Counties File Suit Over New Impact Fee Law
The Florida Association of Counties sued House Speaker Larry Cretul and Senate President Jeff Atwater in Leon County Circuit Court Wednesday over a new law that revises the way government impact fees are challenged in court.
House Bill 227, passed by the Legislature and signed by the governor last spring, changed the way that courts handle lawsuits over impact fees. In many municipalities, local government officials will order developers to pay a fee that helps pay for public services like schools or other public facilities that are impacted by population changes caused by a new development.
Under the new law, the burden of proof was shifted from the developers to local government officials, something that the association is saying is unconstitutional.
The law was hailed by proponents as a checks and balances approach to local governments that wanted to use impacts fees as a way to raise funds. A 2006 report by the Legislature's Florida Impact Fee Review Task Force found impact fees had grown 505 percent from 1993 to 2004 and were continuing to rise as communities sought to respond to explosive growth throughout the state.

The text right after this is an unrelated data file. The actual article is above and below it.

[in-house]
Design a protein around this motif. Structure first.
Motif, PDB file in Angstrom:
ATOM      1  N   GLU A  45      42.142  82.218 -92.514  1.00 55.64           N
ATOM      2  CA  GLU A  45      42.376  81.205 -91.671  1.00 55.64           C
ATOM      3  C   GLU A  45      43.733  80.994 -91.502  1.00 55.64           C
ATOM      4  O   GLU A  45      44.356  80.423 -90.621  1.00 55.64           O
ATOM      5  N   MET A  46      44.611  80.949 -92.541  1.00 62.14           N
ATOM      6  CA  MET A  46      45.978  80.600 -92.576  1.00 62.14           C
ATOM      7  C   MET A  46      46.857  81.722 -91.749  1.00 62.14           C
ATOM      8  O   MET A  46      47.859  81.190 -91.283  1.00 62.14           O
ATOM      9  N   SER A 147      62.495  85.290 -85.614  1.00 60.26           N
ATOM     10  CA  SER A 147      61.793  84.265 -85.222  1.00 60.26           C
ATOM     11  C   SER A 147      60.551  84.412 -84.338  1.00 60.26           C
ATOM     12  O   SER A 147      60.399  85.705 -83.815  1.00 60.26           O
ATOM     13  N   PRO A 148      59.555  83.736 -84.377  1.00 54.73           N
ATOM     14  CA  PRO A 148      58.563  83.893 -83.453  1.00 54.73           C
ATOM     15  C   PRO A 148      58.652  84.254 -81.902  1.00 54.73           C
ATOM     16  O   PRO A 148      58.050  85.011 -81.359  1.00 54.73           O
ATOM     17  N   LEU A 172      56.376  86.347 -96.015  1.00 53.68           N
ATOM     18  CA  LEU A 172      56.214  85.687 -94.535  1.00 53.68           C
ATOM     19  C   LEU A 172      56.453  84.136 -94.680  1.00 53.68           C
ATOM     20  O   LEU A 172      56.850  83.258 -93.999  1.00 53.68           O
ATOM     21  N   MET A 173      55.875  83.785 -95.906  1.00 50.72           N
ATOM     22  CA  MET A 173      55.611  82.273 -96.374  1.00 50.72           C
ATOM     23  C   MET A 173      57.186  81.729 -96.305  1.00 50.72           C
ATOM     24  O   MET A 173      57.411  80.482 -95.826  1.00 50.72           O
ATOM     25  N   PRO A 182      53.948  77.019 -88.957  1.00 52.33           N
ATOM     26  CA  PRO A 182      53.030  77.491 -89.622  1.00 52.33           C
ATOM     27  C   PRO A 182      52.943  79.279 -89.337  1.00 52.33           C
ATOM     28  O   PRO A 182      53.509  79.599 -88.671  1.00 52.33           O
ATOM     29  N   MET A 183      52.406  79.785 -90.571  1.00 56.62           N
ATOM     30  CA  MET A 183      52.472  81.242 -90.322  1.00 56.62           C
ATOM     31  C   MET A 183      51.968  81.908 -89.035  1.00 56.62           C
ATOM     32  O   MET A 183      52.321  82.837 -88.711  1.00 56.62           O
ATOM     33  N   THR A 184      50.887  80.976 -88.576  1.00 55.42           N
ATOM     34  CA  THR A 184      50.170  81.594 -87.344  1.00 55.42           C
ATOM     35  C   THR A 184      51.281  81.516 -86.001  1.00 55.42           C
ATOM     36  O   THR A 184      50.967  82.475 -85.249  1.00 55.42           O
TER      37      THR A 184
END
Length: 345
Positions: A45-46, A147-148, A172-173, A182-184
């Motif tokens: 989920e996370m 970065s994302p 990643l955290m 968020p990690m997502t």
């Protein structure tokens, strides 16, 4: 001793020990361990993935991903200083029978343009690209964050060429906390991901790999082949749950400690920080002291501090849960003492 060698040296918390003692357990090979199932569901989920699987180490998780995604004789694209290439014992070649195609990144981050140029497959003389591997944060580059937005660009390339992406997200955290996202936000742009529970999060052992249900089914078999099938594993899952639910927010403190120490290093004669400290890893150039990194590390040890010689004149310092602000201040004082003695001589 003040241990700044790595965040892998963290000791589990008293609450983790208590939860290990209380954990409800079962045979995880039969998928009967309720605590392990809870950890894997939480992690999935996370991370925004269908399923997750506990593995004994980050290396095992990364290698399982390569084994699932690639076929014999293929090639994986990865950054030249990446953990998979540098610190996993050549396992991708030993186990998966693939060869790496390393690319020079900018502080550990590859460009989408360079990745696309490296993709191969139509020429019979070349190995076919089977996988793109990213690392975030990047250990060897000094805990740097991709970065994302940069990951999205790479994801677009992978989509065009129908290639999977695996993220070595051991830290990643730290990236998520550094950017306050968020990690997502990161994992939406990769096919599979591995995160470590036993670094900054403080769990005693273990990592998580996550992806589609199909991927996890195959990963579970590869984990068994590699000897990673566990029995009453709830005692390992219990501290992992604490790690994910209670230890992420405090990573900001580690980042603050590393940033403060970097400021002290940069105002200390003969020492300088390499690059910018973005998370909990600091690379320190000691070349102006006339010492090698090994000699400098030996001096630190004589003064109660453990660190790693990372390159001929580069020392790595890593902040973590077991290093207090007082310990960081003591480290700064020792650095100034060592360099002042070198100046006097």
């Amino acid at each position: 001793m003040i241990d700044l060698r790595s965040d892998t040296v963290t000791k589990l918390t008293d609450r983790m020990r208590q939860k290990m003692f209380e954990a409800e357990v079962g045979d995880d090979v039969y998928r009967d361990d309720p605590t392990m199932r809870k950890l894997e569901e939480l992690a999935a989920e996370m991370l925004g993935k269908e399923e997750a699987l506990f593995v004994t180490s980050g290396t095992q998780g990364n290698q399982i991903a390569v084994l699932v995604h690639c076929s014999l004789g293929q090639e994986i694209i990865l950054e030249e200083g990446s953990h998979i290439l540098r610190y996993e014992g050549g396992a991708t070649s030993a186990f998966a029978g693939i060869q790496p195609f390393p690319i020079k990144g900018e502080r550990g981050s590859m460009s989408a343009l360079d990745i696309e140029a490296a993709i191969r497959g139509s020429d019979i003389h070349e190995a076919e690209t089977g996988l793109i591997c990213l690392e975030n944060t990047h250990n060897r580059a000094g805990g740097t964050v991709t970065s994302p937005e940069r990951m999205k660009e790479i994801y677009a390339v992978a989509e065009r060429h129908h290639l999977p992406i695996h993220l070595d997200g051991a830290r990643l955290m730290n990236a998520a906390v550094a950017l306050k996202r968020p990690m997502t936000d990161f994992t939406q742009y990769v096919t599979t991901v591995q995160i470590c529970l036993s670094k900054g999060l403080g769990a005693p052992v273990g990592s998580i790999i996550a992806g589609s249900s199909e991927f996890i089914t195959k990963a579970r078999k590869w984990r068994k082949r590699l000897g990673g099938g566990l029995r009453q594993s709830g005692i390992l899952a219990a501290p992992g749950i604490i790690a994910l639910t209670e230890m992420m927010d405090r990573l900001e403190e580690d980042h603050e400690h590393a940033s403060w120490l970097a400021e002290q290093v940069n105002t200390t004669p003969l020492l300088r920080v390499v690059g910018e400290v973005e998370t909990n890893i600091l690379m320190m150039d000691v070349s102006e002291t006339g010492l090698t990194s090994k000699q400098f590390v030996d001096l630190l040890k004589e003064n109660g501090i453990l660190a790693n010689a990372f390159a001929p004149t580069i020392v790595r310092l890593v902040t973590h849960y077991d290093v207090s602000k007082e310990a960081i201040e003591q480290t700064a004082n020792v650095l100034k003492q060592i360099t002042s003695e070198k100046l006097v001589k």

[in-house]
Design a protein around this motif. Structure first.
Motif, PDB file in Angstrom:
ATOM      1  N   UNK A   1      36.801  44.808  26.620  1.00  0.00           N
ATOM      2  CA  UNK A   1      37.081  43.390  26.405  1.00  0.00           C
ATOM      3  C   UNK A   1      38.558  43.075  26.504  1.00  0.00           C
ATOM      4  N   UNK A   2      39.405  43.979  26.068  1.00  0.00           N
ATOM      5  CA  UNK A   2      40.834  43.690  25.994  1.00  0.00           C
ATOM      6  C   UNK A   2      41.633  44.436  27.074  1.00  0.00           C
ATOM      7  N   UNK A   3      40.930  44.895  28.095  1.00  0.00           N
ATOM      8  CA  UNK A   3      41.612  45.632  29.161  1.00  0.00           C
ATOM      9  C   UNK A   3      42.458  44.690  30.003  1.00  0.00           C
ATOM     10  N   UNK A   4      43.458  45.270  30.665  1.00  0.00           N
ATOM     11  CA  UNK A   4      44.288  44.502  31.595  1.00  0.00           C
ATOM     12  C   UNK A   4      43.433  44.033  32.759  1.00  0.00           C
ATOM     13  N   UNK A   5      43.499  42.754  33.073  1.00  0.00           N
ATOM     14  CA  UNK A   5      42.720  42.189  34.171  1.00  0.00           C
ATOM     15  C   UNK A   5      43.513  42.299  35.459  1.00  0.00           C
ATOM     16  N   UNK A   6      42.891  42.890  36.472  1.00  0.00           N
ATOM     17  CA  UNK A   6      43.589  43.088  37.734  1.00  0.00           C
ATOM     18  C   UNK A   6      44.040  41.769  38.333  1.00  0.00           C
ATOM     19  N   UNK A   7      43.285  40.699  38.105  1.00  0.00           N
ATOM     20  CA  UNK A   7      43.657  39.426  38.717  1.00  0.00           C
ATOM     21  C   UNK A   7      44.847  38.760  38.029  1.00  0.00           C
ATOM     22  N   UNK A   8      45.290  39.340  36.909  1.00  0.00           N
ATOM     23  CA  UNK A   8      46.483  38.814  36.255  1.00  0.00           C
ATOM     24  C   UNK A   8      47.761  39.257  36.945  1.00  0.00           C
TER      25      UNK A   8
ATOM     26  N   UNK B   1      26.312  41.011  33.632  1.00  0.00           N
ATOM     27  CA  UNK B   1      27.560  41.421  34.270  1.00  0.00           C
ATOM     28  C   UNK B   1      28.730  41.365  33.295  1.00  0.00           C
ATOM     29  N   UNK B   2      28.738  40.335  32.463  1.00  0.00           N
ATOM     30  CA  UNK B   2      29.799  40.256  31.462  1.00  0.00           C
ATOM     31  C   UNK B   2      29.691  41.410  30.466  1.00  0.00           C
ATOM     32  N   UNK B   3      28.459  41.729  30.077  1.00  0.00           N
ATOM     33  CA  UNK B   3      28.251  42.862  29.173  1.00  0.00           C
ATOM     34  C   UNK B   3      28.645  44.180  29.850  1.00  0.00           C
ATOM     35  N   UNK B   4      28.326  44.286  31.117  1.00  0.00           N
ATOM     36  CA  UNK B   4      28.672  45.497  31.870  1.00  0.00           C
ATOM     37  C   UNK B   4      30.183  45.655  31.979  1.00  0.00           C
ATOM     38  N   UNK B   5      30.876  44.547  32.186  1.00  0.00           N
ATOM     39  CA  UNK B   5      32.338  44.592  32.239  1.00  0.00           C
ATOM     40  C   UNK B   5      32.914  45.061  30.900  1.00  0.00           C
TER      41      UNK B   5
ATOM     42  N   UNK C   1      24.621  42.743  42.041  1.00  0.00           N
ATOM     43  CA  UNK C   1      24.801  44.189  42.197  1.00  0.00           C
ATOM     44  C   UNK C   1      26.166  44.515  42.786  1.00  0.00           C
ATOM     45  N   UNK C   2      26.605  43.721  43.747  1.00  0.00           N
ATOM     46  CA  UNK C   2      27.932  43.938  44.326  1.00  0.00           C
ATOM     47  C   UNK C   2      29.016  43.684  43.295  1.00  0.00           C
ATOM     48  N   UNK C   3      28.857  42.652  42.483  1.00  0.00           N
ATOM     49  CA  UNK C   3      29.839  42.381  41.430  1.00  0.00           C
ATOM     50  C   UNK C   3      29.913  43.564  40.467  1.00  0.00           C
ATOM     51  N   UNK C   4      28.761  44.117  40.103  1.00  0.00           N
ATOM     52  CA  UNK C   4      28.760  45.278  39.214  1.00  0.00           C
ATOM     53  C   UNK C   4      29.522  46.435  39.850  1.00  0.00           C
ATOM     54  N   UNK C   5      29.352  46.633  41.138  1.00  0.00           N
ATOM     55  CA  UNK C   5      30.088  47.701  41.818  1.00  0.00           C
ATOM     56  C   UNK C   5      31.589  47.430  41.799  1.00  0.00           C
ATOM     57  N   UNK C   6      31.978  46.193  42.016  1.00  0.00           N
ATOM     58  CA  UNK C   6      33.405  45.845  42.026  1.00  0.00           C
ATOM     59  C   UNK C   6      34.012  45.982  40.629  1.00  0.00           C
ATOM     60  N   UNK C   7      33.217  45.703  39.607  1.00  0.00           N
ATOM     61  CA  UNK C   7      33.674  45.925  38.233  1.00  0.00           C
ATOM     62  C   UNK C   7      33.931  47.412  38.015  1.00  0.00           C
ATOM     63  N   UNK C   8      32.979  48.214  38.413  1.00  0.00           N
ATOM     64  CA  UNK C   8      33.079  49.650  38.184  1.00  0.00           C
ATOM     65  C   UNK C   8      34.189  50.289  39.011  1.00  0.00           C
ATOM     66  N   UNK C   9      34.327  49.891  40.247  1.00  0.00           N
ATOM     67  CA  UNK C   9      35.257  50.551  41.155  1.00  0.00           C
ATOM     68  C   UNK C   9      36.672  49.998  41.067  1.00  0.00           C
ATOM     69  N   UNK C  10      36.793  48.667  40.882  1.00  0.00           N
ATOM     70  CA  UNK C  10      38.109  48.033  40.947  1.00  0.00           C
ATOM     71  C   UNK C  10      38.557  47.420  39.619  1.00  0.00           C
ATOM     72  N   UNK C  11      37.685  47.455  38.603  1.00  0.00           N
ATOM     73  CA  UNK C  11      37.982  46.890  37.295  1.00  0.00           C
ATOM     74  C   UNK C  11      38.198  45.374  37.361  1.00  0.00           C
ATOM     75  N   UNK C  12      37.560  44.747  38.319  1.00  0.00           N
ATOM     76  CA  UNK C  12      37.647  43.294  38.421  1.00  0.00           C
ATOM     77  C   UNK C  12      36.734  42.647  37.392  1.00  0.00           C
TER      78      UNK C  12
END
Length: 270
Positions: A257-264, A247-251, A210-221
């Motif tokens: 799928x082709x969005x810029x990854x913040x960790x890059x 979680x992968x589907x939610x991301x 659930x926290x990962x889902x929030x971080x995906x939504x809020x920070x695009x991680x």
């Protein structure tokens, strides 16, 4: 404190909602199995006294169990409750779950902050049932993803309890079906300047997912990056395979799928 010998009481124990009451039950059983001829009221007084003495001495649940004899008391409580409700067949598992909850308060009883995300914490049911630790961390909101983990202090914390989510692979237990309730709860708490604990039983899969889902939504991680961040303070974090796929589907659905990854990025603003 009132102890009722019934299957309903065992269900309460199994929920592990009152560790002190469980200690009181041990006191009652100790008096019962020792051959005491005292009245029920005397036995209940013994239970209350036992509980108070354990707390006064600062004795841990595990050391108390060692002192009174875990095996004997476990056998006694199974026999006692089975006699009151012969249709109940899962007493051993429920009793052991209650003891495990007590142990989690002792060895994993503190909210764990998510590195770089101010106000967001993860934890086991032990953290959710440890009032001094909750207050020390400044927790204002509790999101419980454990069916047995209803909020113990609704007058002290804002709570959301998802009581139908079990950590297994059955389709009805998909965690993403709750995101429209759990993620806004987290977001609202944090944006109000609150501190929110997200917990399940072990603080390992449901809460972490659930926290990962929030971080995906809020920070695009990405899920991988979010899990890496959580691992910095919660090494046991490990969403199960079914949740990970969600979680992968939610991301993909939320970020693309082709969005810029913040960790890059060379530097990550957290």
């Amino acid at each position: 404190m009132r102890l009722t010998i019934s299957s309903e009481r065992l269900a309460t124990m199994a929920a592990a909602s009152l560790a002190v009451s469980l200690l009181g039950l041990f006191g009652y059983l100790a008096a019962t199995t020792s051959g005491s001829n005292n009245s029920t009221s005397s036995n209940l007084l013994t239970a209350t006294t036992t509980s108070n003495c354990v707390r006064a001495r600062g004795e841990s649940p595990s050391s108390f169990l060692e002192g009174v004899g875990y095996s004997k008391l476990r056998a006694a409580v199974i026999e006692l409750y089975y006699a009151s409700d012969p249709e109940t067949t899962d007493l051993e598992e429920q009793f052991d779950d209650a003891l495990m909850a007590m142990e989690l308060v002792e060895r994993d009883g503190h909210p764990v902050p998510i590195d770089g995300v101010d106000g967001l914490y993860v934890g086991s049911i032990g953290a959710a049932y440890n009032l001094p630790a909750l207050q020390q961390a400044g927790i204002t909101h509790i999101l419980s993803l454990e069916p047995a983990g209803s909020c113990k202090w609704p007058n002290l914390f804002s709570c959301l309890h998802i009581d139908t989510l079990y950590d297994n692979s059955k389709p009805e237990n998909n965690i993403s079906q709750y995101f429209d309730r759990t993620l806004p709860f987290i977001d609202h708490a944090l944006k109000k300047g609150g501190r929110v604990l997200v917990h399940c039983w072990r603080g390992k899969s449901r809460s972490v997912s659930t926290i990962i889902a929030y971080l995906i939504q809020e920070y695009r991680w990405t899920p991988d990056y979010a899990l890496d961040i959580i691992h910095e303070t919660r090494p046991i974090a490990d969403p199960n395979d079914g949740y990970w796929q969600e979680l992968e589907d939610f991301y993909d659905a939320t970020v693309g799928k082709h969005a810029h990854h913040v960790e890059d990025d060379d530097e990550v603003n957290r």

But county and city officials have said it would allow judges to second guess decisions of lawmakers.
“The act substantially alters the ability of local governments to impose or collect impact fees and places significant restrictions on the ability of cities and counties to raise revenue through impact fees in the aggregate,” the suit reads.
Spokeswomen for House Speaker Larry Cretul and Senate President Jeff Atwater did not respond to requests for comment from the News Service Wednesday afternoon.
Joining the counties in the suit were the Florida League of Cities, the Florida Association of School Boards and nine individual counties.